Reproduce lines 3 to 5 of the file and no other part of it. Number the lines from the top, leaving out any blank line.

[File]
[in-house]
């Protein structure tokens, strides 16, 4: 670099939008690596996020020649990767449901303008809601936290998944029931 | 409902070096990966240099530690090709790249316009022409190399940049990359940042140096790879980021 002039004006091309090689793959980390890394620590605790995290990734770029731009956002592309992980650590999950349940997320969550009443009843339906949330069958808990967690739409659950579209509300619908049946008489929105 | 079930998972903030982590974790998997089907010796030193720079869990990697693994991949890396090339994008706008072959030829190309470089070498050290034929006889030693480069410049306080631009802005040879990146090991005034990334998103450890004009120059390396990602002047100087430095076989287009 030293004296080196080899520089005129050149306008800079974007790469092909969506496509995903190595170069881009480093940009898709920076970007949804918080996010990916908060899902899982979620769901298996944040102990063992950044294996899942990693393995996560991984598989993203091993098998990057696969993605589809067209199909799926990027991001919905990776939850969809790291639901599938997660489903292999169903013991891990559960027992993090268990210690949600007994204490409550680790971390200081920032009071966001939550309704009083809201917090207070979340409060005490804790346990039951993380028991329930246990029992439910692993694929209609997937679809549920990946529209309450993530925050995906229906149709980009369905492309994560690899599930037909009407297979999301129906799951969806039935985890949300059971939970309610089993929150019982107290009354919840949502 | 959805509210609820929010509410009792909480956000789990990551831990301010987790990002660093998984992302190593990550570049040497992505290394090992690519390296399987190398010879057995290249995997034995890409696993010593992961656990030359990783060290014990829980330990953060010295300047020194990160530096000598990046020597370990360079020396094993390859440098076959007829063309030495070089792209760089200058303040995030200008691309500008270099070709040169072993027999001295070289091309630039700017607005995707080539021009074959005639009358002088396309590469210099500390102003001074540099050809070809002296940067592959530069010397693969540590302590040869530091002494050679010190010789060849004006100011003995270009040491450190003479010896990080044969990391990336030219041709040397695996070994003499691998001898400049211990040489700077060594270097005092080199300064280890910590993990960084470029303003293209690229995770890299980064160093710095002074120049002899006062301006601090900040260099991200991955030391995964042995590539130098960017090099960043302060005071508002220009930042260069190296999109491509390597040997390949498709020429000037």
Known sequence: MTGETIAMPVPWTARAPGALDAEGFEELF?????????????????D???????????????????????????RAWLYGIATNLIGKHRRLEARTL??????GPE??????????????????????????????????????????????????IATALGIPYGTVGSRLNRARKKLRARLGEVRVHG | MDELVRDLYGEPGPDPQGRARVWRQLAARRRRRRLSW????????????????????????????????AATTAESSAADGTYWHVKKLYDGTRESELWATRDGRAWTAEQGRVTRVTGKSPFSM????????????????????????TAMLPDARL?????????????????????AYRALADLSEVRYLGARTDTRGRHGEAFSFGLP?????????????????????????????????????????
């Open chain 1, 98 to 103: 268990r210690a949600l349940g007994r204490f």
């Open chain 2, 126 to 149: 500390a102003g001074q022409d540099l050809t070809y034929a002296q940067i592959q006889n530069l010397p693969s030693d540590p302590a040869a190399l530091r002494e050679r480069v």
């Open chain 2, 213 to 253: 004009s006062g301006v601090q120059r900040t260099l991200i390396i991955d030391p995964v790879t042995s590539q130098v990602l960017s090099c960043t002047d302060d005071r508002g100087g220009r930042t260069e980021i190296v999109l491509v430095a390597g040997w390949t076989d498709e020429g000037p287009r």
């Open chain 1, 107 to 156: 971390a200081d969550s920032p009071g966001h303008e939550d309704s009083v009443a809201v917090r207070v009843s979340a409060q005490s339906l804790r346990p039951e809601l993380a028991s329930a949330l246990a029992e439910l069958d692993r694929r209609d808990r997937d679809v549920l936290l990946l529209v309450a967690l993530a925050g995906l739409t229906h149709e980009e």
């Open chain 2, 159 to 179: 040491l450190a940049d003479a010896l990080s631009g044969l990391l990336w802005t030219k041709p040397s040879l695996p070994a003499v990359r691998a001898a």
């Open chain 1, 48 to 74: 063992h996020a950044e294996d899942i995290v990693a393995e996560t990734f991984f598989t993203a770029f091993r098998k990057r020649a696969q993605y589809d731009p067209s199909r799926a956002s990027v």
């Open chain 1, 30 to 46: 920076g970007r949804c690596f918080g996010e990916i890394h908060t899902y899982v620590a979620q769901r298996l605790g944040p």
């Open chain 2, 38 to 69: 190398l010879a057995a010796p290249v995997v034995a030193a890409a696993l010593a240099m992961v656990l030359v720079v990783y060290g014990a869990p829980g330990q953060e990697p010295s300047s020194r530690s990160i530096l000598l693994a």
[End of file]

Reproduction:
Known sequence: MTGETIAMPVPWTARAPGALDAEGFEELF?????????????????D???????????????????????????RAWLYGIATNLIGKHRRLEARTL??????GPE??????????????????????????????????????????????????IATALGIPYGTVGSRLNRARKKLRARLGEVRVHG | MDELVRDLYGEPGPDPQGRARVWRQLAARRRRRRLSW????????????????????????????????AATTAESSAADGTYWHVKKLYDGTRESELWATRDGRAWTAEQGRVTRVTGKSPFSM????????????????????????TAMLPDARL?????????????????????AYRALADLSEVRYLGARTDTRGRHGEAFSFGLP?????????????????????????????????????????
């Open chain 1, 98 to 103: 268990r210690a949600l349940g007994r204490f």
């Open chain 2, 126 to 149: 500390a102003g001074q022409d540099l050809t070809y034929a002296q940067i592959q006889n530069l010397p693969s030693d540590p302590a040869a190399l530091r002494e050679r480069v």